Jeffrey Riedesel (Sherman 18) Bio
Jeff was born in San Bernardino California. He didn’t live there long as his parents soon moved to Lakewood, Colorado, a suburb west of Denver, being where he spent most of his life. Before sports, cars and girls came into play, Jeff would spend his summers in a small town in Eastern Colorado with his grandparents. He graduated from Alameda High school, where he had vo-tech training in welding. He spent much of his High School summers at Drag Strips. The Denver area was great for that. He had a number of opportunities to be around professional teams. He learned a lot, and of course, had a blast.
Jeff worked in a number of different jobs in construction, auto body and welding. He found himself working for a Saturn Dealership, and there he started as a basic entry level driver for the business office and worked his way into management of the Service Department. After 14 years, he ended up bouncing between a number of different automotive groups until he moved to Goodland, Kansas. A rural farm community. Then he worked at a prison for just over a year and then began working in Law Enforcement in Sherman County Kansas. He started in an entry level position as a Detention Deputy with the Sherman County Sheriff’s Office, then three years with Goodland Police Department and back at Sherman County Sheriff’s Office where he worked as a patrol deputy. He now specializes in any crime that involves physical harm to a person. Jeff is married with two children. His wife is Susan, very supportive of everything he does, his son Corey and daughter Grace. Corey just finished six years in the Navy and are now attending film school at the Colorado school of Art. Jeff’s other true hobby is old cars and trucks.
His modeling began when he was 4 or 5. His Dad would cut the parts off the sprues and he would put the glue on the parts. Then Jeff would then put the parts together and his Dad would do the spray painting. He would bug his Dad to put some model kits together that he got as presents. One day, when he was six, his father told him he could do it alone. That day, after he put down some new paper on the kitchen table, Jeff built an F-4 Phantom II. He’s been building ever since. Around that time Jeff and his Grandfather started an HO scale railroad layout in the basement.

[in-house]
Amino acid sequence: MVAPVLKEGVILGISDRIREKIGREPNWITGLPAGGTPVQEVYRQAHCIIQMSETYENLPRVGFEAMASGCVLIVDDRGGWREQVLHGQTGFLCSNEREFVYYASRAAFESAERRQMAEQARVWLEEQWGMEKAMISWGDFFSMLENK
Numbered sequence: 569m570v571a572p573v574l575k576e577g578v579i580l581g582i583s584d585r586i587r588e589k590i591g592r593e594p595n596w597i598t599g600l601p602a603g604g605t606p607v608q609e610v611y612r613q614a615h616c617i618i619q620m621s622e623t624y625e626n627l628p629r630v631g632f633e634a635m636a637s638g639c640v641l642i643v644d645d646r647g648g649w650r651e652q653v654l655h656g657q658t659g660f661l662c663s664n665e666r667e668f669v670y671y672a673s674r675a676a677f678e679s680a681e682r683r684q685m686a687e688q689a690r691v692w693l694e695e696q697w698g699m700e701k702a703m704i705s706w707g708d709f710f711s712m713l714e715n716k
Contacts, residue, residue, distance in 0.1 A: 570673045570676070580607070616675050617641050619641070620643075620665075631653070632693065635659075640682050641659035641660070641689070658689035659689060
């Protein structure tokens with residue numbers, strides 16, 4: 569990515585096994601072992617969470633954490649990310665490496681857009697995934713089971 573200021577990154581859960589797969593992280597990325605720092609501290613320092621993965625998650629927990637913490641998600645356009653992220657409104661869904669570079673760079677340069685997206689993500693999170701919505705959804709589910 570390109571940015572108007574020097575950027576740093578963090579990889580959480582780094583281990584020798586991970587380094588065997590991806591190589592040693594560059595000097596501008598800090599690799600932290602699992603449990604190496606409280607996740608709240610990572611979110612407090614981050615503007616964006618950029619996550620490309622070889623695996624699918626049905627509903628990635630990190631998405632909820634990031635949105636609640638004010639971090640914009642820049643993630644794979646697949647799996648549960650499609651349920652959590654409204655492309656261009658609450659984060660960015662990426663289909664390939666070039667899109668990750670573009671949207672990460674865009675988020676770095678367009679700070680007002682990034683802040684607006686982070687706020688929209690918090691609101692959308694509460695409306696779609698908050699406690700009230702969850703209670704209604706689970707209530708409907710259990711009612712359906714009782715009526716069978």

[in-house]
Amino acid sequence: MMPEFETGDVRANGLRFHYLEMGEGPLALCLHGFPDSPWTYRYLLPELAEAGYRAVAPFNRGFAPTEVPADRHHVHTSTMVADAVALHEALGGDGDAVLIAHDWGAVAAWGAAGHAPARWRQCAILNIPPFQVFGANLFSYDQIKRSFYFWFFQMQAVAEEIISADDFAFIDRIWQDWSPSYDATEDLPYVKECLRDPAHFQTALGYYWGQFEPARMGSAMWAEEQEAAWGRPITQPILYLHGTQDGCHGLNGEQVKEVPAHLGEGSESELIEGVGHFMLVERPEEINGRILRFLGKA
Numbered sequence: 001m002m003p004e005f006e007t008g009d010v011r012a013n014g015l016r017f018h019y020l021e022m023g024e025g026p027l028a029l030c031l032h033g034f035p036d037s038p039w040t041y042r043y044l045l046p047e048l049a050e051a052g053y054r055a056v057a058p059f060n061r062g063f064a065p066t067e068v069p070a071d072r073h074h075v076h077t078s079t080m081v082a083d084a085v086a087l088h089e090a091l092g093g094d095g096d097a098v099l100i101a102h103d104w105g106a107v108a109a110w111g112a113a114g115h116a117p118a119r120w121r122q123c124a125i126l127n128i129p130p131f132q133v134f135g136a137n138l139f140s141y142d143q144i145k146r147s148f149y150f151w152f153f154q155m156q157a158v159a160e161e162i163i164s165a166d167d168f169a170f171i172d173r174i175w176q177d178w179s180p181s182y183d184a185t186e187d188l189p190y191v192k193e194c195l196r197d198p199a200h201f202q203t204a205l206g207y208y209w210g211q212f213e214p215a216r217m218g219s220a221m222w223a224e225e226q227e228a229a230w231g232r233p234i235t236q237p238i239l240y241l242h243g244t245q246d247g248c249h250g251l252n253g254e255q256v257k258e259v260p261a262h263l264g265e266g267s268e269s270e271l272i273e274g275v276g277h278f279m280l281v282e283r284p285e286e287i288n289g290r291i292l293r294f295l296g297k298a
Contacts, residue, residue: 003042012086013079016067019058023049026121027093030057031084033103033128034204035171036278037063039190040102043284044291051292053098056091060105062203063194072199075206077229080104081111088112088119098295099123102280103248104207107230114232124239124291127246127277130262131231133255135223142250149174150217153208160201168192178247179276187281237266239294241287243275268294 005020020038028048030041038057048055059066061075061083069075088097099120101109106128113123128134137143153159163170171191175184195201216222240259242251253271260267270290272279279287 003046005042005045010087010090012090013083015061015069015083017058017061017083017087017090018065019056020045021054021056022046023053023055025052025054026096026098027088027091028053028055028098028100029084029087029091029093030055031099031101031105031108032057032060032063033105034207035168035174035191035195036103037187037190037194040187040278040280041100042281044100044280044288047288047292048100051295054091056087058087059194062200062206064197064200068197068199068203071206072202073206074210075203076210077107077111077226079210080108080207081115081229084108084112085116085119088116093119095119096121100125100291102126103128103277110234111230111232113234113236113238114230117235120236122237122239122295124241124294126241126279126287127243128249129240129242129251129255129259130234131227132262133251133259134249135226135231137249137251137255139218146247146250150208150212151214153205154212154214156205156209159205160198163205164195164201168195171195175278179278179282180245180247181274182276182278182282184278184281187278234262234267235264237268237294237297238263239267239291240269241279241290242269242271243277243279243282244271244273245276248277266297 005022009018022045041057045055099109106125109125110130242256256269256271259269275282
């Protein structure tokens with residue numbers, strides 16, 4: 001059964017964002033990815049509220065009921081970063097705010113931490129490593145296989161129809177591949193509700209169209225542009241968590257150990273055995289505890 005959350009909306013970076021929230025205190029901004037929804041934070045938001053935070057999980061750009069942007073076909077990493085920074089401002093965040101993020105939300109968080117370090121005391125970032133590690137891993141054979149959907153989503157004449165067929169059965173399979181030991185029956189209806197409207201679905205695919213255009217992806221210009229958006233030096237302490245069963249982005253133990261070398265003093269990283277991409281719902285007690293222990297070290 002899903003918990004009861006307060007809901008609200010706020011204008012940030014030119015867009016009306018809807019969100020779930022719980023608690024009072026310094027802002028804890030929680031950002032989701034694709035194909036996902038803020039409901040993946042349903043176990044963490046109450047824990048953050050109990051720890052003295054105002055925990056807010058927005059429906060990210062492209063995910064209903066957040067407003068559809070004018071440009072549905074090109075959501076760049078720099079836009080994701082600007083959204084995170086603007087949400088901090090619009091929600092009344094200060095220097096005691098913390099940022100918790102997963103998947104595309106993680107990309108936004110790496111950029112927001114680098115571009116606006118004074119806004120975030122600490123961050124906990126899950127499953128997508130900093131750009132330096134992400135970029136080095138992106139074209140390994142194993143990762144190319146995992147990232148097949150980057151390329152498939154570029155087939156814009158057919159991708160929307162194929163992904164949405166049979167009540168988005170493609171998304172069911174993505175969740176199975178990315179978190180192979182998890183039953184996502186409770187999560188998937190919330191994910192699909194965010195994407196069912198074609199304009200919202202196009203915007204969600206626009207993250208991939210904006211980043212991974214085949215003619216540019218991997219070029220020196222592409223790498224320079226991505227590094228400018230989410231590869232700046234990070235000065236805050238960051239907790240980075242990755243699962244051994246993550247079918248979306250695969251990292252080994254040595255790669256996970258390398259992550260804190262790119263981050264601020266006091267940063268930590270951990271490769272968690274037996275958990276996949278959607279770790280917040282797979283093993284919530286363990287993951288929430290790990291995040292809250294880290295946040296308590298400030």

Jeff’s Dad doesn’t really like to build models that much. He says he couldn’t stand all the little parts. His Grandfather always liked seeing everything Jeff built and along the way, he would ask lots of questions about the subject Jeff was modeling. He learned to know about what he was building because of that. After his Grandfather passed away, Jeff’s Dad gave him some of the models he had built when his Dad was a child. They are wonderful keepsakes as they are made of paper, wood and plastic. On weekends growing up, if Jeff was not playing sports he built models. When he earned money, he would spend it at hobby shops. As he grew older, he started to compete at local model shows at the age of twelve. At those first contests Jeff attended, the IPMS chapters did something he had never seen before. The chapter would set up tables in a rectangle, and there were people demonstrating building models. They would answer Jeff’s questions. That first show made a big impression on him. His first model tank was the Monogram M48 and it came with the Shepard Paine insert. He says his goal then became to be able to build like Shep! I don’t think Jeff was alone in that goal!
At the end his freshman year, a teacher discovered Jeff was dyslexic. He ended up having to take extra classes to learn how live with it. One of the ways they retaught him how to read was with model kit instructions. He was fifteen before he knew there were part numbers on the sprues and instructions. None of that was a negative as it got him into reading history. From that point on, He could finally start giving his Grandfather correct answers to his questions about his model subjects.
In his mid-twenties, he joined a couple of local IPMS chapters in Denver. That’s where he met Tony Englehart who ran AEF Designs. Tony asked if he would work part time on some Saturdays for him. Jeff ended up learning how to make molds for resin casting and the most important part of that experience, was learning how to scratch build. He did some masters for AEF. He would rebuild masters for Tony adding more and improved detail. Jeff did that for fifteen – sixteen years. Tony is the one who pushed him to attend regional and national competitions.
Jeff has kept almost all the models he has built until recently. It helped having them to compare and gauge his improvement. Jeff still has the very first model he ever built by himself, an F4 Phantom with a shark mouth. It still is one of his most prized models to this day. His goal remains to improve with every model he builds. Jeff hopes he can inspire modelers who are less capable, as well as continue to be inspired by those with greater skills. Jeff encourages modelers to get out and go to competitions, meet people and exchange ideas and experiences.
Jeff and I have several things in common, Law Enforcement, white goatees and our fathers started us out at a very young age and we have both known Tony Englehart for many years!
I am proud to introduce Jeff Riedesel , (Sherman 18) as a new member of the Master’s Forum!